The individual communities and counties pulled together and started discussing the potential impact on roads, and considered the angry people that didn't have mineral rights to cash in on. Discussions ranged from where they could draw water, to where money for road improvements would come from, to increasing law enforcement. They are even trying to secure state money for another chancery judge since there will certainly be more lawsuits.
Meanwhile, the oil companies have done their homework. Encana owns 310,000 acres on the TMS, Devon has 250,000 acres, Indigo II Louisiana Operating has around 240,000 acres, Amelia Resources has 110,000 acres, and Goodrich Petroleum owns approximately 74,000. Some of this property was was bought for as low as $175 an acre in the recent real estate depression. They appear to concentrate on both acquiring mineral rights and fresh water rights, along with finding available surface water to be drained, spoiled with fracking chemicals, and then hauled off to be injected into deep waste water wells. We know someone who had married into the family— this is how he made millions in Louisiana and Texas. He has a small drilling business, though deals mostly with land and mineral rights. He buys cheap land with the rights, drills it, and flips it. The trend is changing to "frack it and flip it." Any property for sale on the TMS is fair game.
I originally thought the tree farm would be safe, but that isn't the case. Six generations ago, William, my great, great, great, great-granddaddy, fought in the War of 1812. He was probably granted this land for his time spent defending Charleston, South Carolina. The original piece was large—large enough that today, if it was intact, it could hold out to fracking. Unfortunately three generations passed and the property was divided amongst the children. Some of it was sold to pay taxes. In the following generation, Great-Grandaddy worked hard to buy that portion back and was successful. That piece was divided several more times, so that now, many of my immediate family hold rights and have a say in what happens to our small portion. The segments of the farm are owned by close and distant kin, and some of them are people who managed to buy their way onto the property.
Though as much as I think fracking is horrible, my hands are tied. The decision is not mine. Even if it was, the land around the farm would be so heavily fracked that it would be impossible to protect it from the environmental consequences. Our farm's story is not exception—most of the land around the farm has been divided, inherited, or sold until 20 to few hundred acre-size tracts are common. Fortunately for us, the oil companies have drawn back the circus in our area, for the time being. I'm now hearing it is going to be 2 years before they are ready to drill in the farm's county. The companies are focusing more on the counties that are deeper in the play and have shown higher yields in the past. That buys a little more time for the farm before the frackers show, and perhaps a chance to change its fate. I'm glad I didn't decide to settle my life there.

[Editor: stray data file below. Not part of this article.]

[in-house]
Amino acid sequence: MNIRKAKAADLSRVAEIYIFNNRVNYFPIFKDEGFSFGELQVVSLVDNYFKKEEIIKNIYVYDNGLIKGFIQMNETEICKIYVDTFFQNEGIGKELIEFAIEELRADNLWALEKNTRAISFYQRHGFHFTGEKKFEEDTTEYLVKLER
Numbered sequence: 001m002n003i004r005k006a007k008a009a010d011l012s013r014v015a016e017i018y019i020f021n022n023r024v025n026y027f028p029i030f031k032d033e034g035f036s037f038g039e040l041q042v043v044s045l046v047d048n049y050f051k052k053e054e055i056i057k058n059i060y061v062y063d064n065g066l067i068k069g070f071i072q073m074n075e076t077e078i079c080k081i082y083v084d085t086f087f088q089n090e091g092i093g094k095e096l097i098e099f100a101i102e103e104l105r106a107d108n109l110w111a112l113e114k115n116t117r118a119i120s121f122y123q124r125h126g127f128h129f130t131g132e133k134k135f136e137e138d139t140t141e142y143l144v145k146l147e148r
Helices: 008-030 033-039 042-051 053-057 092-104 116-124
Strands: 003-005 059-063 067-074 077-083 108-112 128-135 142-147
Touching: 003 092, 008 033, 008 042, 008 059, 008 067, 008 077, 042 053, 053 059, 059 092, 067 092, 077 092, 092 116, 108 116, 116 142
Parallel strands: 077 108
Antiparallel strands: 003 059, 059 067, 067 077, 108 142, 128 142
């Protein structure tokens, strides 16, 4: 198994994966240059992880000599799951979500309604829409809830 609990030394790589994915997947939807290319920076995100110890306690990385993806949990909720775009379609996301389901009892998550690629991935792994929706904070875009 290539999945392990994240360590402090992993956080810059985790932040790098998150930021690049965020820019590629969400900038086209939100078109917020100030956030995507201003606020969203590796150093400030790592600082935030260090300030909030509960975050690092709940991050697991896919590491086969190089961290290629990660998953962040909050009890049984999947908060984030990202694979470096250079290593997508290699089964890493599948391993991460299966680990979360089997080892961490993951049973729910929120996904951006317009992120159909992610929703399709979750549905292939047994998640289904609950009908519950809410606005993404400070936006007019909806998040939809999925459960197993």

The entire experience has shifted the way I see what needs to be done in order to stop the fracking industry. Convincing land owners will do nothing. They, like the land owners in the way of the Keystone XL pipeline, will most likely be compensated financially, but they won't be able to stop it. Until I approached this issue as a mineral rights owner, I never noticed how much the oil companies were "flipping" land, or how you need to own so many square miles to be able to stop them from using your neighbors against you. Politically, the regional government comprises well-to-do land owners that appear to want to cash off the land in any way possible. They are opening their doors and turning their heads. Local politicians in other areas have been successful in fending off the fracking companies, but not in southern Mississippi. Perhaps the answer for my farm is to concentrate on the federal laws that are treating the fracking industry unconventionally, letting them slide while they inject undisclosed chemicals into the ground, wasting billions of gallons of water, and releasing pollution into the air that other industries, including coal and conventional oil, couldn't get away with.
The Environmental Protection Agency is currently working on the first federal environmental study on fracking. Results are due in 2014. Waiting on these results before allowing fracking has become a strategy in some local efforts across the nation.
Local anti-fracking efforts across the United States, their moratoriums and petitions to sign can be found here. Another wealth of information is a report the fracking industry had done on itself noting the effective grassroots efforts. It recommended giving in to all demands of the local movements, or risk being banned from fracking altogether. They also suggest making it more profitable to the land owners—directly pay all claims of loss, ruined land, and water. Pay anything not to go to court. Buy silence.
So on this Earth Day, instead of being silent, I urge you to learn more about fracking and talk to others about it.
The views of the author are his/her own and do not necessarily represent the position of The Weather Company or its parent, IBM.